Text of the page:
67
Neural Conduction Ch. 4

Neural Conduction Ch. 4. Outline (1)Measuring the Membrane Potential (2)The Ionic Basis of Resting Membrane Potential (3)Four Factors Determine the Ionic

Embed Size (px)

Citation preview

Page 1: Neural Conduction Ch. 4. Outline (1)Measuring the Membrane Potential (2)The Ionic Basis of Resting Membrane Potential (3)Four Factors Determine the Ionic

Neural Conduction

Ch. 4

Page 2: Neural Conduction Ch. 4. Outline (1)Measuring the Membrane Potential (2)The Ionic Basis of Resting Membrane Potential (3)Four Factors Determine the Ionic

Outline

(1) Measuring the Membrane Potential(2) The Ionic Basis of Resting Membrane Potential(3) Four Factors Determine the Ionic Distribution

that Underlies the Resting Membrane Potential(4) Postsynaptic Potentials(5) Generation of Action Potentials(6) Ionic Events Underlying Action Potentials(7) Conduction of Action Potentials(8) Changing Views on Dendritic Function

Page 3: Neural Conduction Ch. 4. Outline (1)Measuring the Membrane Potential (2)The Ionic Basis of Resting Membrane Potential (3)Four Factors Determine the Ionic

Measuring theMembrane Potential

• to learn how information is sent from the dendrites and soma of a neuron to its terminals, researchers study a neuron’s membrane potential (the difference in electrical charge between the inside and outside of a neuron).

Page 4: Neural Conduction Ch. 4. Outline (1)Measuring the Membrane Potential (2)The Ionic Basis of Resting Membrane Potential (3)Four Factors Determine the Ionic

Measuring theMembrane Potential

• to record a membrane potential two electrodes are needed: an intracellular electrode and an extracellular electrode

• intracellular electrodes must be microelectrodes

Page 5: Neural Conduction Ch. 4. Outline (1)Measuring the Membrane Potential (2)The Ionic Basis of Resting Membrane Potential (3)Four Factors Determine the Ionic

The Ionic Basis of theResting Membrane Potential

• when both intracellular and extracellular electrodes are outside a neuron, the difference between the electrical potentials at their tips is zero; when the intracellular electrode penetrates the neuron, the potential jumps to about -70 millivolts (the inside is 70 millivolts less than the outside)

Page 6: Neural Conduction Ch. 4. Outline (1)Measuring the Membrane Potential (2)The Ionic Basis of Resting Membrane Potential (3)Four Factors Determine the Ionic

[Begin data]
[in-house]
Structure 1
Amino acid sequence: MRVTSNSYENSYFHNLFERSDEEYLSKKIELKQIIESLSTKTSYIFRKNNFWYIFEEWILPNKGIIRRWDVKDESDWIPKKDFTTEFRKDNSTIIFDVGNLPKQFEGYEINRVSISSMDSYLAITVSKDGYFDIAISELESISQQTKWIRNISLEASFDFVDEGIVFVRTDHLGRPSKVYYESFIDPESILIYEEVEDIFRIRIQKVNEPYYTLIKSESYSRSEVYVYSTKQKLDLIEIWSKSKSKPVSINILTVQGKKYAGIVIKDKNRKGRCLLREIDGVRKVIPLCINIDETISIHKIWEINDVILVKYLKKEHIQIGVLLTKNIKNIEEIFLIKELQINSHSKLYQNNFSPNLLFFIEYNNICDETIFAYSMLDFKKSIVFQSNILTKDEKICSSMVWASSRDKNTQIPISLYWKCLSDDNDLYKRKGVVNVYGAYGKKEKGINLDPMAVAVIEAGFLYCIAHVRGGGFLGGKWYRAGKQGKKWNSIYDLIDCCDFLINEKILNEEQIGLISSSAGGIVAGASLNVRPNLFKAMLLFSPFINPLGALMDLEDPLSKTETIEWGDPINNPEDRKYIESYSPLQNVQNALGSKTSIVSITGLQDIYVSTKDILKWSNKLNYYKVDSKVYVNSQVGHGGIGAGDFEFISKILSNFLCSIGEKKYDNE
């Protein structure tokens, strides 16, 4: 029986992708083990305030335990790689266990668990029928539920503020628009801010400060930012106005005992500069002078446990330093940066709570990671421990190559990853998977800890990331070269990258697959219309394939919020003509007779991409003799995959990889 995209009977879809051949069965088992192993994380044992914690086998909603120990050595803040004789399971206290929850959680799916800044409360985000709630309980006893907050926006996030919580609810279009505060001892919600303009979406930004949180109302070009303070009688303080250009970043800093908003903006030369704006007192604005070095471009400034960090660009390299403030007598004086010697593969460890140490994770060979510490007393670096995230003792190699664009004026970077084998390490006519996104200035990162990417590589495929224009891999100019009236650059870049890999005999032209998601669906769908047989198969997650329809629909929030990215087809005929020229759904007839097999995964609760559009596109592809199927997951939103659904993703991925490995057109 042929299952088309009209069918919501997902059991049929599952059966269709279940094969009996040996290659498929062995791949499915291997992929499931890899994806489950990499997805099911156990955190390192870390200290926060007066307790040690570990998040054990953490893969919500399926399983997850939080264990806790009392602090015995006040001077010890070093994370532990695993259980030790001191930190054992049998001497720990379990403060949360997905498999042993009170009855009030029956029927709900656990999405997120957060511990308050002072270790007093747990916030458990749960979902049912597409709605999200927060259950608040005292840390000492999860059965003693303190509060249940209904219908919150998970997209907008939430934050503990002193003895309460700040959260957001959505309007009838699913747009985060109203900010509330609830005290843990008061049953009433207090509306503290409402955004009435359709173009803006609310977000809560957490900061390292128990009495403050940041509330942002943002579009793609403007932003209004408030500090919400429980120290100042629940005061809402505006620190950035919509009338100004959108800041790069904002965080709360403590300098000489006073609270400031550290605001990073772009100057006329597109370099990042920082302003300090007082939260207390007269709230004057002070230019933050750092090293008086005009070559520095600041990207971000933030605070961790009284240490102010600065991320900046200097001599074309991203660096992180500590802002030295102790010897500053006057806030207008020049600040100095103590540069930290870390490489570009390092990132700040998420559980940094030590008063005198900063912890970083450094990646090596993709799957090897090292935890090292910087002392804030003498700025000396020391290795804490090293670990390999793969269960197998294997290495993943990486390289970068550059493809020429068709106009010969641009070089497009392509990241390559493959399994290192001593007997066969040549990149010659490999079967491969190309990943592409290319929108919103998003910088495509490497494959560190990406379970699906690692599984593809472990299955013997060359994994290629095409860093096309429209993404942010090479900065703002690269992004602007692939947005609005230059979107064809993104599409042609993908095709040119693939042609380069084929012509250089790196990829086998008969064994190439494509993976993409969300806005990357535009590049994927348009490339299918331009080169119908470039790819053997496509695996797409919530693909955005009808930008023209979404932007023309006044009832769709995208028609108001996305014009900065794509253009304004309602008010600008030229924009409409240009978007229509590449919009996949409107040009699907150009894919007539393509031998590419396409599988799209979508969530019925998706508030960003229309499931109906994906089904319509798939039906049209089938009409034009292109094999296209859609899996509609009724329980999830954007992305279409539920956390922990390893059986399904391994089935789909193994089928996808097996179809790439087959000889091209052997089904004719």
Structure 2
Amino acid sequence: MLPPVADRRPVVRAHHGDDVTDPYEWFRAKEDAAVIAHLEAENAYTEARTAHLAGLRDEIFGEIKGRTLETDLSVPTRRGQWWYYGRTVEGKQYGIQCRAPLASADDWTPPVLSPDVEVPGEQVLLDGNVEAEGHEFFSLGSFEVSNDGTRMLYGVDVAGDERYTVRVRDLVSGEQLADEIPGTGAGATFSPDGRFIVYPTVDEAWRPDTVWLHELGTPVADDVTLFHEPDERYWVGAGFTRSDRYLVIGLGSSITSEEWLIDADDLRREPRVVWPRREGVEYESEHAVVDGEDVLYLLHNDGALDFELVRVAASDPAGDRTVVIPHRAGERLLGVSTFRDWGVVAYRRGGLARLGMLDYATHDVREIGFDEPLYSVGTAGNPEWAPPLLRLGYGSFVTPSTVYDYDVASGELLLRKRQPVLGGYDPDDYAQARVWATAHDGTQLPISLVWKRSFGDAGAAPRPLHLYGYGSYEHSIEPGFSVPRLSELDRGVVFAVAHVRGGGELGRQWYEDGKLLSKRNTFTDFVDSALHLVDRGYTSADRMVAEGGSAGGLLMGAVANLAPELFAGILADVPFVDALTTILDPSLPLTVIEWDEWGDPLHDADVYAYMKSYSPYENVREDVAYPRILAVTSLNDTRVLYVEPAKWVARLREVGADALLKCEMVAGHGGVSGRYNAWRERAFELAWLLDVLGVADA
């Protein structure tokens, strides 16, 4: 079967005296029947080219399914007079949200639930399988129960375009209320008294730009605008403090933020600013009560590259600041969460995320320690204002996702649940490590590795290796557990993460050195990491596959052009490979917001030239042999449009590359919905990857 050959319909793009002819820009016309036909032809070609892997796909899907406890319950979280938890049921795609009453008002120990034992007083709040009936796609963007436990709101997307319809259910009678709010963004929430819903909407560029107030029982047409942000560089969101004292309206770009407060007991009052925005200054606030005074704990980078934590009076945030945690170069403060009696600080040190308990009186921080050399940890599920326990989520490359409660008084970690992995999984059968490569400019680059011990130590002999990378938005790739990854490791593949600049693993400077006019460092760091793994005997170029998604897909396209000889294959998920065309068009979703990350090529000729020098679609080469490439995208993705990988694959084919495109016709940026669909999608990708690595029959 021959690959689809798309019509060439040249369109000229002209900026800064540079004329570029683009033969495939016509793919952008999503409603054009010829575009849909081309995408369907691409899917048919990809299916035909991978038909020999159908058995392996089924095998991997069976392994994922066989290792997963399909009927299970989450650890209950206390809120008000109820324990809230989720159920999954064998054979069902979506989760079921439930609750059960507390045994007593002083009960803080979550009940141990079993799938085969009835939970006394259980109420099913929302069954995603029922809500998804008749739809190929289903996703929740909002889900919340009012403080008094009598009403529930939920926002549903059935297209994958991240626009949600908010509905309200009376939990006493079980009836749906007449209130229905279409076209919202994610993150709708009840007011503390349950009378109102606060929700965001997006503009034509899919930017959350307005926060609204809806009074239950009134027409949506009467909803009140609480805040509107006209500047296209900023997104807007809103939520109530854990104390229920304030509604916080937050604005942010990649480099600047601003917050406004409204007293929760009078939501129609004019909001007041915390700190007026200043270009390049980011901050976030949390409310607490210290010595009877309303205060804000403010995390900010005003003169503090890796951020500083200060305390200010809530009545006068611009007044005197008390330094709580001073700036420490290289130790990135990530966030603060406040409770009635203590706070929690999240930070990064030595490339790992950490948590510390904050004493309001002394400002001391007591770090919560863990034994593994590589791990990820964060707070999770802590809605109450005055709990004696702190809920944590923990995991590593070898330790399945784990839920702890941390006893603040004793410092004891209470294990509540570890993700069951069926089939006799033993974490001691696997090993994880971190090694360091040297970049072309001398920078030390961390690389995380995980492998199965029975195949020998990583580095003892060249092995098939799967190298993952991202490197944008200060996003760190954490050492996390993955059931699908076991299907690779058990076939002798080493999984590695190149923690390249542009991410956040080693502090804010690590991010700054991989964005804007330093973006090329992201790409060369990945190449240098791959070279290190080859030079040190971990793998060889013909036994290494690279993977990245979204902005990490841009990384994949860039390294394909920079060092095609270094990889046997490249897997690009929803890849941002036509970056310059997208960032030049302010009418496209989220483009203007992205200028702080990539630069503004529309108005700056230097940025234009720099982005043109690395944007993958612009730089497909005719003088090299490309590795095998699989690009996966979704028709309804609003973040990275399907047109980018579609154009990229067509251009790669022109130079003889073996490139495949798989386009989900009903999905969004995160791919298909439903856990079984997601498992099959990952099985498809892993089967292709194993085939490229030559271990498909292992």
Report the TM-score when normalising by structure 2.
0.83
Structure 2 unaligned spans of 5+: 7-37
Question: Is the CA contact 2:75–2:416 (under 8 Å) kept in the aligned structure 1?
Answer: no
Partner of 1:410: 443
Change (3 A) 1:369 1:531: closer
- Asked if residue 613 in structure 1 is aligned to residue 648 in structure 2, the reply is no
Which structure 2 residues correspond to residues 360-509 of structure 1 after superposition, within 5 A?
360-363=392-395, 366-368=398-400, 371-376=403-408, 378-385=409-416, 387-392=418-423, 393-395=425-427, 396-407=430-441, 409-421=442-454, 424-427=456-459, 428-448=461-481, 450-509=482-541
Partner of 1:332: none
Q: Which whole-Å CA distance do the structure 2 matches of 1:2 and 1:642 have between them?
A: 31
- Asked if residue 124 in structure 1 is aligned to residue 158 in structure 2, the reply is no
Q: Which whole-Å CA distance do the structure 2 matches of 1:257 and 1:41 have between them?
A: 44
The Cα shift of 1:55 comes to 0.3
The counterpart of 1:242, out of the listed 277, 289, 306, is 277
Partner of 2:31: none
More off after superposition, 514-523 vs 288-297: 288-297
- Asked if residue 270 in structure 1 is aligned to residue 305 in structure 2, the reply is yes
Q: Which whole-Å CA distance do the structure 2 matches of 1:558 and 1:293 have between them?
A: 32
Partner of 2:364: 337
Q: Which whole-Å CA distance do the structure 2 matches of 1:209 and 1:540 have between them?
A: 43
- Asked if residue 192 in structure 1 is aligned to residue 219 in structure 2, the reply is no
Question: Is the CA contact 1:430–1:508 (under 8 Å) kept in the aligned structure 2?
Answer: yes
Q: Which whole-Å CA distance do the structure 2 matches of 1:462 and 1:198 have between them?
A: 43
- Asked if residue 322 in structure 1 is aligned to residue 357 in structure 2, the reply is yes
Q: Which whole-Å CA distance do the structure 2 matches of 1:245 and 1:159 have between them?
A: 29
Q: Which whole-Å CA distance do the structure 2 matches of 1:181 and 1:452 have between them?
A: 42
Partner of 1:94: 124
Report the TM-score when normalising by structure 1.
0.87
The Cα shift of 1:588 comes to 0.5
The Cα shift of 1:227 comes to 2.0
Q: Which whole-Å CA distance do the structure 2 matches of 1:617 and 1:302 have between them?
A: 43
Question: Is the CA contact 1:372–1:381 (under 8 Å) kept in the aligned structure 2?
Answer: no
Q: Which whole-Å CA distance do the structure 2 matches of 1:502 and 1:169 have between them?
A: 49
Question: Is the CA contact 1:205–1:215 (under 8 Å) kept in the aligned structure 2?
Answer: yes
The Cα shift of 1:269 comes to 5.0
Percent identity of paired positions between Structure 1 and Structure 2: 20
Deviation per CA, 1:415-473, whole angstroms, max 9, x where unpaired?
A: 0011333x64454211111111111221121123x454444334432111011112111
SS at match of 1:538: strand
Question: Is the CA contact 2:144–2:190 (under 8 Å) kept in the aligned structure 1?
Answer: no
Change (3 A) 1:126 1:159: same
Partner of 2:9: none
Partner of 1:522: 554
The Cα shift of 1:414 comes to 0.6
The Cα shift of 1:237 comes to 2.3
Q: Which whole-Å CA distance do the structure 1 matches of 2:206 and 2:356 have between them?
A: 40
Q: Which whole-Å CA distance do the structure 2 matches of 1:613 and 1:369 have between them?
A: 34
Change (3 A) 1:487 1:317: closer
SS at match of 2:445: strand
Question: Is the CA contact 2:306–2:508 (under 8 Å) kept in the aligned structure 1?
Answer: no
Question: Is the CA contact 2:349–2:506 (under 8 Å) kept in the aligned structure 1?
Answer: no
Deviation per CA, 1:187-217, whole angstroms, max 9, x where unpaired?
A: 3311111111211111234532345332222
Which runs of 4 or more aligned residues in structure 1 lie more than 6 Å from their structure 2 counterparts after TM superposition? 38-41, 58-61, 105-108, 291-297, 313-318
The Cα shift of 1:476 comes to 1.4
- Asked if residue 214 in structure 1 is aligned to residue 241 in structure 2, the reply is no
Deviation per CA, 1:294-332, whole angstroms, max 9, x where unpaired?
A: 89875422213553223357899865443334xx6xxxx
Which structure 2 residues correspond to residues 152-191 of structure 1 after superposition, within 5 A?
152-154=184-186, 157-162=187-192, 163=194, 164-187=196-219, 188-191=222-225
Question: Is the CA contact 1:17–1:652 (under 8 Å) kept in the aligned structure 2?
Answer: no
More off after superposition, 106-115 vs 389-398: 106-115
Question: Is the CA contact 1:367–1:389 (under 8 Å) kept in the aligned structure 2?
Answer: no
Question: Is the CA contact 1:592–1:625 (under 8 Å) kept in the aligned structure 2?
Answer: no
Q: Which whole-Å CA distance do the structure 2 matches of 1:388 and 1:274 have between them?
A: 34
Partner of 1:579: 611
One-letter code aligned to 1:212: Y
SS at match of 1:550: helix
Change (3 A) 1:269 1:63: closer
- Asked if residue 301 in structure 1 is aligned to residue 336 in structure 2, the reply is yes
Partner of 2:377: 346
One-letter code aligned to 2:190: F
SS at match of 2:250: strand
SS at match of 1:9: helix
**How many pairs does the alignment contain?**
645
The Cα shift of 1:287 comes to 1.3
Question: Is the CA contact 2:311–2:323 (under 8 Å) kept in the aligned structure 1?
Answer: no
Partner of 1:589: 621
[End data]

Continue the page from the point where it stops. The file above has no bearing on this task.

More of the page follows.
The Ionic Basis of theResting Membrane Potential

• The resting potential is thus, -70 millivolts• the resting potential exists because positively and

negatively charged ions are distributed unequally on the two sides of the neural membrane: the concentration of Na+ and Cl- are higher outside the neuron, and the concentration of K+ and various negatively charged proteins are higher inside the neuron

Page 7: Neural Conduction Ch. 4. Outline (1)Measuring the Membrane Potential (2)The Ionic Basis of Resting Membrane Potential (3)Four Factors Determine the Ionic

Four factors determine the ionic distribution that underlies the

resting potential

Page 8: Neural Conduction Ch. 4. Outline (1)Measuring the Membrane Potential (2)The Ionic Basis of Resting Membrane Potential (3)Four Factors Determine the Ionic

Ionic Distribution that Underlies the Resting Potential

• four factors interact to produce the resting membrane potential; two passive (non-energy-consuming) factors act to distribute ions equally across the membrane (homogenizing factors) and one passive and one active factor to distribute ions unequally across the membrane

Page 9: Neural Conduction Ch. 4. Outline (1)Measuring the Membrane Potential (2)The Ionic Basis of Resting Membrane Potential (3)Four Factors Determine the Ionic

Random Motion (passive)

• ions in solutions are in random motion• thus, any time that there is an accumulation of a

particular class of ions in one area, the probability is increased that random motion will move ions out of this area (because there are more ions available to leave) and the probability is decreased that random motion will move more ions into the area (because there are fewer ions available to come in)

Page 10: Neural Conduction Ch. 4. Outline (1)Measuring the Membrane Potential (2)The Ionic Basis of Resting Membrane Potential (3)Four Factors Determine the Ionic

Electrostatic Pressure (passive)

• like charges repel and opposite charges attract; therefore electrostatic pressure disperses any accumulation of positive or negative charges in an area

Page 11: Neural Conduction Ch. 4. Outline (1)Measuring the Membrane Potential (2)The Ionic Basis of Resting Membrane Potential (3)Four Factors Determine the Ionic

Differential Permeability of the Membrane (passive)

• ions pass through membrane at special pores (made of proteins) called ion channels